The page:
For clothes, I am totally sold on the Smartwool base layer (100% merino wool). You absolutely must be prepared to double glove. For pants, I would get a snug compression pants or anything that's not cotton, and regular hiking pants over it (the trapped warm air is enough insulation, and you can vent if needed).
    When temps reach below freezing at the base, you need a good winter jacket that's waterproof (preferably packable so you can take it off it if you heat up).

    Have a good pair of winter boots. They don't necessarily need to be the hiking type, but durable enough to withstand a beating.

    Also, prepare for your camelback hose to freeze. You can bring water bottles but it'll be a PITA to constantly take your backpack off to hydrate.

    Just keep in mind that you'll generate heat as you hike, then freeze if you stand still. You'll be fine for non-4kers. Just don't take too long breaks.
     
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  26. Bonesinium

    Bonesinium NES Member

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    Snowshoes may or may not be needed but are often helpful (or necessary) and always a good idea to have when there is snow. You’ll want some that have aggressive traction (integrated crampon) and heel lifters. Heel lifters are absolutely key and make climbing so so much more comfortable.

    MSR ascents and Atlas make good snowshoes.

    No. Not unless you are doing something technical. Micro spikes or snowshoes are almost always sufficient.

    NO cotton. Merino wool or synthetics. Wear layers. You’ll heat up quickly as you hike and will cool down FAST when you stop. A down jacket is very helpful for when you stop to eat or enjoy the views, because they are light and packable. You won’t want to wear it while moving though most likely.

    I recommend gators. Keeps snow out of your boots.

    Insulated boots and good socks (I also use sock liners) and you’ll be fine. My feet always feel better after winter hikes then summer hikes. I use Vasque Snowburbans.

    As mentioned, Water bladders freeze. At least the drinking tube. I use wide mouth bottles, prefilled with warm water and stored upside down. Keep one in a thick wool sock in my pack and another in an insulated coozie attached to my belt.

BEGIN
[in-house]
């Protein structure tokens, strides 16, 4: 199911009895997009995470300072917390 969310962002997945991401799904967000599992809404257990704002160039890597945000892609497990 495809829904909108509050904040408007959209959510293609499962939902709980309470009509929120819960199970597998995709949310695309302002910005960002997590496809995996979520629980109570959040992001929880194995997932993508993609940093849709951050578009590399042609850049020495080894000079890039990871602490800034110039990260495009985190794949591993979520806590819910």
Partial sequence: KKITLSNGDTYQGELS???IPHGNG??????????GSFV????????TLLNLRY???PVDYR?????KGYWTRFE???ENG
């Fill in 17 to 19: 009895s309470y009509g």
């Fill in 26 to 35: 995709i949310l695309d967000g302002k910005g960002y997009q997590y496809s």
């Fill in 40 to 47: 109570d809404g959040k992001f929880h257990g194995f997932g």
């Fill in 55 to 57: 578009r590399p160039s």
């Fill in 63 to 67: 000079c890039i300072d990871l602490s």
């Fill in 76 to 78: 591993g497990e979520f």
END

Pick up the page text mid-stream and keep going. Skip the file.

Bring extra gloves. Well, mittens. Glove liners with touch screen compatible fingers for using your phone to take photos (if you do that) are clutch. I usually have a decent pair of gloves to use at lower elevation while moving, and glove liners and mittens for above treeline or higher colder places.

    A wind breaking layer for any hikes above treeline. Wind will suck the heat right out of you in even mild temperatures. Real cold and it’s dangerous. Plan accordingly.
     
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  27. Spanz

    Spanz NES Member

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    a serious winter hike always has at least THREE people. One to stay with the injured hiker and the other to go get help...if something goes wrong. And there will be enough ice/snow/winds/cold to pretty much GUARANTEE something could go wrong. :)

    You need to go easy, and keep opening up your clothing as you start to sweat. Because if you just hike away, and get all sweaty, the moment you stop at night to make camp you will freeze with all that wet clothing on.

    Bring LOTS of things to start fires with!

    You can "post hole" into deep snow when snowshoeing, and NOT be able to get out yourself. Just step off the trail, and get your foot caught in some small evergreen that is bent over.

    and you can not count on your cell phone at all. No range in the woods, AND the lithium batteries fail when it gets below freezing.
     
    Last edited: Oct 21, 2018
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  28. Spanz

    Spanz NES Member

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    Last edited: Oct 21, 2018
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  29. Bonesinium

    Bonesinium NES Member

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    All but one of my winter hikes has been solo. If you go a popular trail, especially on weekends, there will be plenty of people out there with you anyways.

    Going solo is fine. Know your limits. Leave your plans with someone. Turn back if you even think something is wrong or the weather isn’t what you thought. The mountain will still be there for you to try again.

    But yes, definitely pack emergency supplies. Fire starts, extra clothing, bivvy/emergency blanket, etc. I always tend to overpack on my cold weather day hikes.
     
  30. Spanz

    Spanz NES Member

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    I go out hiking solo too. And a lot is backcountry hunting where nobody would find my carcass for months. But I have seen enough shit to know my limits and carry a lot of gear and clothing. Also people know where I am, generally, and I stick to the plan I left behind

    If u are a newbie, solo winter hiking is “high risk”. What if you punch thru a “frozen” lake, lose your pack, and are sopping wet as the sun goes down? not a big deal if u have a buddy to start a fire, but on your own your fingers will not even work enough to use a lighter